Signaling mechanisms implicated in cranial sutures pathophysiology: Craniosynostosis

Maria A. Katsianou, Christos Adamopoulos, Heleni Vastardis, Efthimia K. Basdra

Research output: Contribution to journalReview articlepeer-review

53 Scopus citations


Normal extension and skull expansion is a synchronized process that prevails along the osteogenic intersections of the cranial sutures. Cranial sutures operate as bone growth sites allowing swift bone generation at the edges of the bone fronts while they remain patent. Premature fusion of one or more cranial sutures can trigger craniosynostosis, a birth defect characterized by dramatic manifestations in appearance and functional impairment. Up until today, surgical correction is the only restorative measure for craniosynostosis associated with considerable mortality. Clinical studies have identified several genes implicated in the pathogenesis of craniosynostosis syndromes with useful insights into the underlying molecular signaling events that determine suture fate. In this review, we exploit the intracellular signal transduction pathways implicated in suture pathobiology, in an attempt to identify key signaling molecules for therapeutic targeting.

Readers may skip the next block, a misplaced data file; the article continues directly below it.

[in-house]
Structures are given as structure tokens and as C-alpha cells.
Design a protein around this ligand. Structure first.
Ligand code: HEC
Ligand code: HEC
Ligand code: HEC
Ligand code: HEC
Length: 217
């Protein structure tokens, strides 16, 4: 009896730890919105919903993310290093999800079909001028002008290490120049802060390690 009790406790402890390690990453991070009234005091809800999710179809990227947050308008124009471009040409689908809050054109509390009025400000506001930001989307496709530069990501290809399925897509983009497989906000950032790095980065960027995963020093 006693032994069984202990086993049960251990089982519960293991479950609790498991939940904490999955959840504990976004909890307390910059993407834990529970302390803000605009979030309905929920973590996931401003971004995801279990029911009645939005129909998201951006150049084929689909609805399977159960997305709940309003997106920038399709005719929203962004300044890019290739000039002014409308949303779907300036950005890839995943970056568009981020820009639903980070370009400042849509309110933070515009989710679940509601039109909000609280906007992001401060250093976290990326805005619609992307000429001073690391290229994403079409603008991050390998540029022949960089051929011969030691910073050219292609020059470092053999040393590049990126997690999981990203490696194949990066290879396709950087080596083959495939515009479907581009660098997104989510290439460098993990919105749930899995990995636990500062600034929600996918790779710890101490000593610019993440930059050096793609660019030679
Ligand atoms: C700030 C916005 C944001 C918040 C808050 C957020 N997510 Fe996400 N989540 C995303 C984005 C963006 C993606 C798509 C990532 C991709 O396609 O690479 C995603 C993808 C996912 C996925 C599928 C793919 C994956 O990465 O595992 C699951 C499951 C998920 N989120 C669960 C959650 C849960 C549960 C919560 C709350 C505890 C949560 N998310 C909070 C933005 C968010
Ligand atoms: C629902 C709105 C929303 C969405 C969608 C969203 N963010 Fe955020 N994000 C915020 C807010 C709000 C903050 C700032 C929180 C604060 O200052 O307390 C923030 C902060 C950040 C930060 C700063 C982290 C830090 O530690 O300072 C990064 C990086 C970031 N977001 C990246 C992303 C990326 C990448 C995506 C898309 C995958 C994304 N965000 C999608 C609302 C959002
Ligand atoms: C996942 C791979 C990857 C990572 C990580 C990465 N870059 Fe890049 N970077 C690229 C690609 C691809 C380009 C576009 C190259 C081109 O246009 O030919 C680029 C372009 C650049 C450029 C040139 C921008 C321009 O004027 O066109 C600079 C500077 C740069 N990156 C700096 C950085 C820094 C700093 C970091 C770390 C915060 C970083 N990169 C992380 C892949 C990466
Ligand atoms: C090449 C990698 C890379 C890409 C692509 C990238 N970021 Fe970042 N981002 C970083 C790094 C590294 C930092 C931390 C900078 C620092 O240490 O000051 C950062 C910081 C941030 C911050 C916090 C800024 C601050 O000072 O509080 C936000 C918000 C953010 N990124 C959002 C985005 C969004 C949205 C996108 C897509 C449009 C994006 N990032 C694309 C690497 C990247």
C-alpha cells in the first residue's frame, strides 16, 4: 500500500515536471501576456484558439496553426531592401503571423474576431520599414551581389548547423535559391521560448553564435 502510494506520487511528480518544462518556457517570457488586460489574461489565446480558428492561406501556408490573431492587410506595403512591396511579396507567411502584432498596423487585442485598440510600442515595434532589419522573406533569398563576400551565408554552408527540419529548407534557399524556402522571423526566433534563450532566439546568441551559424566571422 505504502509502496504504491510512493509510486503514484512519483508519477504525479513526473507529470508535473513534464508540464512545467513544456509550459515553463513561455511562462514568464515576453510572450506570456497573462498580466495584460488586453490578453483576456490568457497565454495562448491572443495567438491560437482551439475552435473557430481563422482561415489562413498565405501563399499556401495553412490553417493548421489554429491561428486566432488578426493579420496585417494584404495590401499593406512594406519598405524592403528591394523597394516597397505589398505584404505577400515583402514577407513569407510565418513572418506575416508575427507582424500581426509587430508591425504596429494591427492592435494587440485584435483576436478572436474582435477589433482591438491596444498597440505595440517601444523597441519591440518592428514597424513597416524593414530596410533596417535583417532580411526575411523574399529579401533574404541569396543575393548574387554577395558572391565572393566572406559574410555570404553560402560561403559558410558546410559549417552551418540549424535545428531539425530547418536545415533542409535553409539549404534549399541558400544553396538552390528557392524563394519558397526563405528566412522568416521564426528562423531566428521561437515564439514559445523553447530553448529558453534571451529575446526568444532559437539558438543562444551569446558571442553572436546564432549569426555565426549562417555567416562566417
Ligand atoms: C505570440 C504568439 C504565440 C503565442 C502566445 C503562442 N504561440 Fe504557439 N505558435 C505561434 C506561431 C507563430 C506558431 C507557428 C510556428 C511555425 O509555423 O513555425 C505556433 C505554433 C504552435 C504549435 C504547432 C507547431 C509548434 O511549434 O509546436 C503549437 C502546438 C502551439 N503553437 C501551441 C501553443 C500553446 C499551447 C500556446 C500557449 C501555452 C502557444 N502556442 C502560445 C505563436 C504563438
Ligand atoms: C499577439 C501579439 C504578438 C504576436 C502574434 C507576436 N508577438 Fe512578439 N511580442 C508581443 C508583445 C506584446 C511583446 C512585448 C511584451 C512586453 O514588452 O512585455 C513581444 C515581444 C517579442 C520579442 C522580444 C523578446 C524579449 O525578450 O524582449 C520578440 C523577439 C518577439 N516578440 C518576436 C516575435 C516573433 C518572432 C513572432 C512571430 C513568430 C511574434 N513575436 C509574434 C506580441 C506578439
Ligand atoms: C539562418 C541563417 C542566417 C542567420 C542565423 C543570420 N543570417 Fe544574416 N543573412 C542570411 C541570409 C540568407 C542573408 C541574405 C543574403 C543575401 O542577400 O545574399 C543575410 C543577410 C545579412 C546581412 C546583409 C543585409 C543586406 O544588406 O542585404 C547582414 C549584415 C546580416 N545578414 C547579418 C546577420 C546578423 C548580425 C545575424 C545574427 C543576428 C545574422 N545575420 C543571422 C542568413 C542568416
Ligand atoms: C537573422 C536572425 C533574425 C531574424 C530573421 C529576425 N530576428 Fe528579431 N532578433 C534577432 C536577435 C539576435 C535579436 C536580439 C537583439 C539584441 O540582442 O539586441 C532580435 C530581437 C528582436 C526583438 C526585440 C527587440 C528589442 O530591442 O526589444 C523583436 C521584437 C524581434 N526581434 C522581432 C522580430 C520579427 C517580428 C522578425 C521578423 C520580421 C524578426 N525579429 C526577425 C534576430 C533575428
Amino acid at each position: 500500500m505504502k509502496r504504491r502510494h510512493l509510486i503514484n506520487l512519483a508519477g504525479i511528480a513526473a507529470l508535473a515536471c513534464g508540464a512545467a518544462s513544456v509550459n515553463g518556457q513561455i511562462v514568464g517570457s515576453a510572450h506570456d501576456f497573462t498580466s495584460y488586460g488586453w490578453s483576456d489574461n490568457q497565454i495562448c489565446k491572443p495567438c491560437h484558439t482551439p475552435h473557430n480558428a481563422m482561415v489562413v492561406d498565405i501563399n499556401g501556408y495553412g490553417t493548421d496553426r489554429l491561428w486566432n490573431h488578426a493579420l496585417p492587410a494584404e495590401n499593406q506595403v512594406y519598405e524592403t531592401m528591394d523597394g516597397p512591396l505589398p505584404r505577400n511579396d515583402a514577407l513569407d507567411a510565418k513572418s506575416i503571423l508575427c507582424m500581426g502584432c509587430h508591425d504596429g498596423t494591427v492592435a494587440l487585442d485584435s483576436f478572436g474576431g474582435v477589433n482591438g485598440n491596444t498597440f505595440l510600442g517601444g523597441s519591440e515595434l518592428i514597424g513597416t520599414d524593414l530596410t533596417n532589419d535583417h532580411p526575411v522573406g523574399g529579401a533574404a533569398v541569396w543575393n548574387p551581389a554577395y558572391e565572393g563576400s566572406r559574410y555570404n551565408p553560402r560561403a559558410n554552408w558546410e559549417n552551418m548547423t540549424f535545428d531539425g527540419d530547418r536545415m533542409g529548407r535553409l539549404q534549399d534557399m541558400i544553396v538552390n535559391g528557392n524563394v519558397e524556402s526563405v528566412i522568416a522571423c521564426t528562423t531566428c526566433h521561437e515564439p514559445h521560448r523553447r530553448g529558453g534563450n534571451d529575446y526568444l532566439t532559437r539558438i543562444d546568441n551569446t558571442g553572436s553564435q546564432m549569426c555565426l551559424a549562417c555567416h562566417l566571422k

Original languageEnglish
Pages (from-to)165-176
Number of pages12
JournalBBA Clinical
StatePublished - 1 Dec 2016
Externally publishedYes


  • Craniosynostosis
  • Craniosynostosis therapies
  • Mechanical stimuli
  • Molecular signaling
  • Polycystins
  • Sutures


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